“Well, it all started with this one red candle around ’78,” says John Lucero. “We’d been skating the GEMCO shopping center curbs way before then. We already knew how to do board slides in pools, and they were always in the magazines. We knew that we wanted to do them on curbs, and this was before rails (board, not hand) had been invented. My friend Hago’s mom had this big red candle, and we thought maybe curbs would slide better if we rubbed wax on them. Lo and behold, it worked!
“Then we started bringing the candle around and waxing everywhere we skated. Remember, this was in the 70s and the candles weren’t skinny like they are now. This was a big-a*s square ‘table-candle,’ which was the size of a cinderblock. After a while the candle was beginning to take the shape of the curbs!
“Around ’81 we started seeing the groms we couldn’t get rid of coming around with their own candles. We still didn’t think much of it, and we never saw it really happening until the late 80s-it was just a local thing.” States John Lucero in a 2005 TWS interview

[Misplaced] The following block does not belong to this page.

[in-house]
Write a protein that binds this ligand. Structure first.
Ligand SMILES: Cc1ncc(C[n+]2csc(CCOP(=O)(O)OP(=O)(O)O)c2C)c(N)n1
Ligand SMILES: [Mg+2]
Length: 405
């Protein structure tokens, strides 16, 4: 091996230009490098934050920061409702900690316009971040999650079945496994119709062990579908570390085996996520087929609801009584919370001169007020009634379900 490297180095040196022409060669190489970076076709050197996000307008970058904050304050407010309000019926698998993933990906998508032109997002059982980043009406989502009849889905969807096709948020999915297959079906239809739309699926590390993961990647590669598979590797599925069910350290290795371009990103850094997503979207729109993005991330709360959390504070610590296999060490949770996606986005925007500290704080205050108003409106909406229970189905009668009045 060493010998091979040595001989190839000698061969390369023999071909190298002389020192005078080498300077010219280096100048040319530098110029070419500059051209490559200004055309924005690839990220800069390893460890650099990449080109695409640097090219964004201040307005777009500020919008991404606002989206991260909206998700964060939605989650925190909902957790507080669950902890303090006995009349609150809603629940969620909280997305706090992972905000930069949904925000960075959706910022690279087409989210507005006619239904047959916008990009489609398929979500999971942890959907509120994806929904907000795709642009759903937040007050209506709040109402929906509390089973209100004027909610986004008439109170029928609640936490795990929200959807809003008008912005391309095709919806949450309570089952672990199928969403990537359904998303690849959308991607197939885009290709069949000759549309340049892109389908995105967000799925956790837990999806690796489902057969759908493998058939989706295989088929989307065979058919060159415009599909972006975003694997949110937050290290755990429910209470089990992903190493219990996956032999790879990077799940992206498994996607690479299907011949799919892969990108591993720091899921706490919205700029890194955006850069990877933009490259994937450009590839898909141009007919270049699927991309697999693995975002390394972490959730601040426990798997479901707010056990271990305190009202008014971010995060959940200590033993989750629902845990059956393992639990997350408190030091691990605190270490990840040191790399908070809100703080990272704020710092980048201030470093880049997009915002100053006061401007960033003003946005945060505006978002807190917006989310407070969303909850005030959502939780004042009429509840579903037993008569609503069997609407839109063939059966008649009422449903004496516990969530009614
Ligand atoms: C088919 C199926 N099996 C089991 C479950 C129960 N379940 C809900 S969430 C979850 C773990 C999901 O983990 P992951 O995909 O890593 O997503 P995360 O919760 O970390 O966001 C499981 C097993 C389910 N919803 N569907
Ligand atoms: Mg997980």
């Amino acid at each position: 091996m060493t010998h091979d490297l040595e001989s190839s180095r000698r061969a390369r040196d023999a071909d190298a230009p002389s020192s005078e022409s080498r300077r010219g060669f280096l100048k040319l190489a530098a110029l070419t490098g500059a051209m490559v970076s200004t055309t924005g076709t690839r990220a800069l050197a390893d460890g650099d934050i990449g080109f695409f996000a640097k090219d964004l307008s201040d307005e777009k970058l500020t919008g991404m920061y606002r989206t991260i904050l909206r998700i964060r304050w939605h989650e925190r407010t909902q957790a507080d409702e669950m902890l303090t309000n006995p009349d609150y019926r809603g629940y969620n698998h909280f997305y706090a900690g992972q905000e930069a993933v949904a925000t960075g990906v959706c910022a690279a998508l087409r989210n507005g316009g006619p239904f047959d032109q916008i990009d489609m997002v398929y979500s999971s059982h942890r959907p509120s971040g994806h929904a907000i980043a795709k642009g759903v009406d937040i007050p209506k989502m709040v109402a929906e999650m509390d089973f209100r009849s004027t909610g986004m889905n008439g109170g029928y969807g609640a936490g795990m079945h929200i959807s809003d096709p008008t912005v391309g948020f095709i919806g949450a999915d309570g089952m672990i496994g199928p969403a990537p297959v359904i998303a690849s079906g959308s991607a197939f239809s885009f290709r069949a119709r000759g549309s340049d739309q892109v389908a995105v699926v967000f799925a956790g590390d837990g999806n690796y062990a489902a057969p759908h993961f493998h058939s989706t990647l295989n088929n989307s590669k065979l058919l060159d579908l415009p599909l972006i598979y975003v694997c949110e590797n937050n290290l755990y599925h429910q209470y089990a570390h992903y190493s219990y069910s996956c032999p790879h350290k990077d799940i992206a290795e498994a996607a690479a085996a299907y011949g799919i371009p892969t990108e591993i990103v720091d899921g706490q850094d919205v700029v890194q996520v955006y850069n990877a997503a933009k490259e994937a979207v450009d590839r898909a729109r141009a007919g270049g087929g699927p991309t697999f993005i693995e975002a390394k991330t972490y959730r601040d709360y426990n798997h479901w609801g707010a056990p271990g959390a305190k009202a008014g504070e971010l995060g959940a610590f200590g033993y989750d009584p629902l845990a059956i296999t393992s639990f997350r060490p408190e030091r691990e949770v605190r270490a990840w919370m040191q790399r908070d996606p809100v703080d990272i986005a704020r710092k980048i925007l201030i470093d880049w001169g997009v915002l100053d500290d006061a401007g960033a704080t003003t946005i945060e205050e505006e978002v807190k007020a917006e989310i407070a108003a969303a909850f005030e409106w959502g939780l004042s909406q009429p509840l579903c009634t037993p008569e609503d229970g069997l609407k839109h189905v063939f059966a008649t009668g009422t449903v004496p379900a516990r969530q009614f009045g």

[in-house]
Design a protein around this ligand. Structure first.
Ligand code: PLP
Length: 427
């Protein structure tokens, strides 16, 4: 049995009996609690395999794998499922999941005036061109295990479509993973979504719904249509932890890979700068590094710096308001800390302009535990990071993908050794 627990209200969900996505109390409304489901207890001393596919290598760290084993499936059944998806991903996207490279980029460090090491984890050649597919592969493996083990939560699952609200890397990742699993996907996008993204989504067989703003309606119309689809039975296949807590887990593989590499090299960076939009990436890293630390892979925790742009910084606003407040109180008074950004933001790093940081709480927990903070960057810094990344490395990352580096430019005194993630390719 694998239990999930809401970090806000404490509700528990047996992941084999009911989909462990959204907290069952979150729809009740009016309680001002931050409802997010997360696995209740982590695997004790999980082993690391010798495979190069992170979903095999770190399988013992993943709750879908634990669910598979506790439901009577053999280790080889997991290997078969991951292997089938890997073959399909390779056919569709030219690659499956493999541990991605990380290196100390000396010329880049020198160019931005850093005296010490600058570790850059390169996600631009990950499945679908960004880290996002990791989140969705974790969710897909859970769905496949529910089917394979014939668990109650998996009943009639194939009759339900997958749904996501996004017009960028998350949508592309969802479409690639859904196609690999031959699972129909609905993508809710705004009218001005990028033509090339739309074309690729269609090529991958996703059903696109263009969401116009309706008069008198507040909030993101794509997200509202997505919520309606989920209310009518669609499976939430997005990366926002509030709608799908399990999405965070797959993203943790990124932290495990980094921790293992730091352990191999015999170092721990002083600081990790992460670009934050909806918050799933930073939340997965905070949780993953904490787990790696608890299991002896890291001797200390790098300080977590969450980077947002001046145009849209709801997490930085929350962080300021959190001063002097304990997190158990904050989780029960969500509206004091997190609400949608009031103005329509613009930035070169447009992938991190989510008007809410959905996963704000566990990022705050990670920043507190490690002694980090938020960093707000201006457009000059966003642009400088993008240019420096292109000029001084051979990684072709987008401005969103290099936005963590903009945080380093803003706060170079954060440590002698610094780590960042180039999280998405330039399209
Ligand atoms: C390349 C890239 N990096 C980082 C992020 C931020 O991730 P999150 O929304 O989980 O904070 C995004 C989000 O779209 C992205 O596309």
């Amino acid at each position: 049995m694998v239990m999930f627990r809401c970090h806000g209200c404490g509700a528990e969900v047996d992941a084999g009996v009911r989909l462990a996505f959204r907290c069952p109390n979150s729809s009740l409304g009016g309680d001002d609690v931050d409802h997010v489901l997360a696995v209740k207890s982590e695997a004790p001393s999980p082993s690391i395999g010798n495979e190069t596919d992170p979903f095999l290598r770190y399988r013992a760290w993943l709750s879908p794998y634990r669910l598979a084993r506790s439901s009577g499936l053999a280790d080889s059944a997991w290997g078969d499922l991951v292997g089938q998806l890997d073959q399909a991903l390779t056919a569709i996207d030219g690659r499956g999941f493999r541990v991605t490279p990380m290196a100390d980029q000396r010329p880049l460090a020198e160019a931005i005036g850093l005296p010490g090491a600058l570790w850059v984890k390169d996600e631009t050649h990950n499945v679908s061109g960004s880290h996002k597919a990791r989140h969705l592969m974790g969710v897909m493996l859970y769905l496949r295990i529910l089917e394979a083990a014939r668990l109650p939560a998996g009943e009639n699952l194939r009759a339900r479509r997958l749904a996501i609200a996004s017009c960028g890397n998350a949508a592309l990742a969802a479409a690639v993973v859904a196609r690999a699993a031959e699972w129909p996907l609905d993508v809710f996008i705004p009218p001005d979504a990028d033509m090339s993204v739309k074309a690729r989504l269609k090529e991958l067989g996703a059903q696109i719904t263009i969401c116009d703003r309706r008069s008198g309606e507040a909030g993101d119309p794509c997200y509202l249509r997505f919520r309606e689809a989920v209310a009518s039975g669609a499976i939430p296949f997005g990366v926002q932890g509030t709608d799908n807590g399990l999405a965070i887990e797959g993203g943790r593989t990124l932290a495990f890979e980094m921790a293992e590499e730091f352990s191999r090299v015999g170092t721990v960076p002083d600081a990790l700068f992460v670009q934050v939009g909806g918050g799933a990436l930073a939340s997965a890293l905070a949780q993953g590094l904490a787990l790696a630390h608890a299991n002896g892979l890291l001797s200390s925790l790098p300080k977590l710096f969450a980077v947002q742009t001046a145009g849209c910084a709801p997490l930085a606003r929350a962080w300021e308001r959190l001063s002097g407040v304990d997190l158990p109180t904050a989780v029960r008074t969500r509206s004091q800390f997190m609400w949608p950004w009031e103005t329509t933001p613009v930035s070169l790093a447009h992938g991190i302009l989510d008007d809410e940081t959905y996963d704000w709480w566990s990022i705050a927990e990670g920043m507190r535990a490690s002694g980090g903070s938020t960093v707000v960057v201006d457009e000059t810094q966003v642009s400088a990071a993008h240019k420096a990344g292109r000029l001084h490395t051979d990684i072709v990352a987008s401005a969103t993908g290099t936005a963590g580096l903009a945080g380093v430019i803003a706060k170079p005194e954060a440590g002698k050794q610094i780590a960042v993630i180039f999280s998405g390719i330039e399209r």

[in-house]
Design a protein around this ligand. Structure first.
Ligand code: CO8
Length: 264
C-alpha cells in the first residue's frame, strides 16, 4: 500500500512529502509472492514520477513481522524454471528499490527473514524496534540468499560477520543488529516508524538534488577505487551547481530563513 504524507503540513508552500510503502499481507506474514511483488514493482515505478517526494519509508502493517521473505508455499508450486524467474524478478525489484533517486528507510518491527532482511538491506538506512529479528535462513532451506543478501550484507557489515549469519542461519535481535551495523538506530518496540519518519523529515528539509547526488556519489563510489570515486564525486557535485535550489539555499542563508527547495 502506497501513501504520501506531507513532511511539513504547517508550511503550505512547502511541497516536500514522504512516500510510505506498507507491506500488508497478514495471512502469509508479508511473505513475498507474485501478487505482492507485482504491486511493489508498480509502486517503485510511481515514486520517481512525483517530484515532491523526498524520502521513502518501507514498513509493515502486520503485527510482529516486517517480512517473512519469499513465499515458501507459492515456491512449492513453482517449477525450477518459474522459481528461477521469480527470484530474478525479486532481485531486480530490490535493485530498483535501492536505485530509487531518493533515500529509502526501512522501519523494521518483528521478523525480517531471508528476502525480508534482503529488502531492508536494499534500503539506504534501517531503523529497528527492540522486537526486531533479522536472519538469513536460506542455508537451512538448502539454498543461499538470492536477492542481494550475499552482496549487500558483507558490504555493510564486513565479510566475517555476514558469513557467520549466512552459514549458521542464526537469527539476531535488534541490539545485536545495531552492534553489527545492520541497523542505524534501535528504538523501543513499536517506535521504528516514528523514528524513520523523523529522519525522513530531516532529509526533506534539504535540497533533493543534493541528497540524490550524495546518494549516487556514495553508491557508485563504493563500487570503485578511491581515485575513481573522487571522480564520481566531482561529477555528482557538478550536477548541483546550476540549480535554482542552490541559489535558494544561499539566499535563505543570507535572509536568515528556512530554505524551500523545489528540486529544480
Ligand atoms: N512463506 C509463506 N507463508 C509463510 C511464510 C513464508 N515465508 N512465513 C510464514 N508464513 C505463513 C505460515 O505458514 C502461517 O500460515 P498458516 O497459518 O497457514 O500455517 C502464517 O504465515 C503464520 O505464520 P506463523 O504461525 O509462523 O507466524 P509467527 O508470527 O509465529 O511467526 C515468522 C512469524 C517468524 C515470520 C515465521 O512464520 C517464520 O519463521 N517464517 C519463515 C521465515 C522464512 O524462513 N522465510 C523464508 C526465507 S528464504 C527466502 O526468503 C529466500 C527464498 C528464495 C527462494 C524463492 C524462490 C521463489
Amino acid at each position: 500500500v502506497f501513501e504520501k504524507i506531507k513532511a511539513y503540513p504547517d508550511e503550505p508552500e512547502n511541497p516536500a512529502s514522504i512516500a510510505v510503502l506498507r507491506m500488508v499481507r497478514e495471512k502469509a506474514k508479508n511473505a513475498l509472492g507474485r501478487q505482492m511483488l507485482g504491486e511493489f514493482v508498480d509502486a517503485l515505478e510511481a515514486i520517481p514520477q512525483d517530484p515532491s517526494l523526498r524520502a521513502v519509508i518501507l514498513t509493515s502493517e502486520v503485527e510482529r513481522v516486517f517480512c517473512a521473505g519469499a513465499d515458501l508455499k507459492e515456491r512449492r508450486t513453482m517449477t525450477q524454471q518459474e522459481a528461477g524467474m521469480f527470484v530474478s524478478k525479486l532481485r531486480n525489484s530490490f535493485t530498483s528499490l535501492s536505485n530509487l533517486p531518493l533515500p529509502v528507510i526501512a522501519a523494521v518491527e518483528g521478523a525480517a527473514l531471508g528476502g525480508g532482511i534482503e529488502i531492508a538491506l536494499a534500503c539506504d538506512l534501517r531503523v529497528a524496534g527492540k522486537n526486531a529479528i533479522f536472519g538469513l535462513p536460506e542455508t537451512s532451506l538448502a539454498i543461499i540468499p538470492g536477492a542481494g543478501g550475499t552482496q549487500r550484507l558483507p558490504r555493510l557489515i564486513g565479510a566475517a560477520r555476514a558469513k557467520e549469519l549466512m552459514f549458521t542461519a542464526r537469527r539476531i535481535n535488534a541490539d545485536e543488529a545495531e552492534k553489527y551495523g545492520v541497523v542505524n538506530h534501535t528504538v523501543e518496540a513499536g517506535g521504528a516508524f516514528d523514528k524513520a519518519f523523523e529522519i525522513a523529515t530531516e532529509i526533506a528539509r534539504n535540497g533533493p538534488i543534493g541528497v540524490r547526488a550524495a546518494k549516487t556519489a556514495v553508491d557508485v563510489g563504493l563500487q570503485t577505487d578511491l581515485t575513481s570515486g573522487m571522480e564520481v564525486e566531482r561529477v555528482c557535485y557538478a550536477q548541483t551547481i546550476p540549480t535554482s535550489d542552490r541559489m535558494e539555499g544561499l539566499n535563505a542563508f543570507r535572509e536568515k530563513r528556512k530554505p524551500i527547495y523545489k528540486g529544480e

When asked why he didn’t take the credit for creating and marketing skate wax, an idea he was actually the first to introduce to the industry via Vision Skate Wax alongside Brad Dorfman, he simply says, “It could’ve been launched by kids everywhere at the same time. Who knows? Who cares? Besides, a wise man once said, ‘I don’t want any credit, but I’ll take all the blame!’”
In the end, John may not have been the first person to sell wax, but he was the first to discover the endless possibilities of making a curb and ledge slide better, and look where that’s taken us. So the next time you’re in the kitchen stealing one of your mom’s big red candles (now’s the perfect time-she won’t miss it ’til next Christmas) and are trying to lube up a virgin ledge, take a moment to bow your head in respect to the man who made it all possible. Without John Lucero, street skateboarding might’ve easily died due to the monotony of nosepick stalls on dry ledges from a 90-degree angle. Endless thanks to The Man. -Neftalie Williams TWS 2005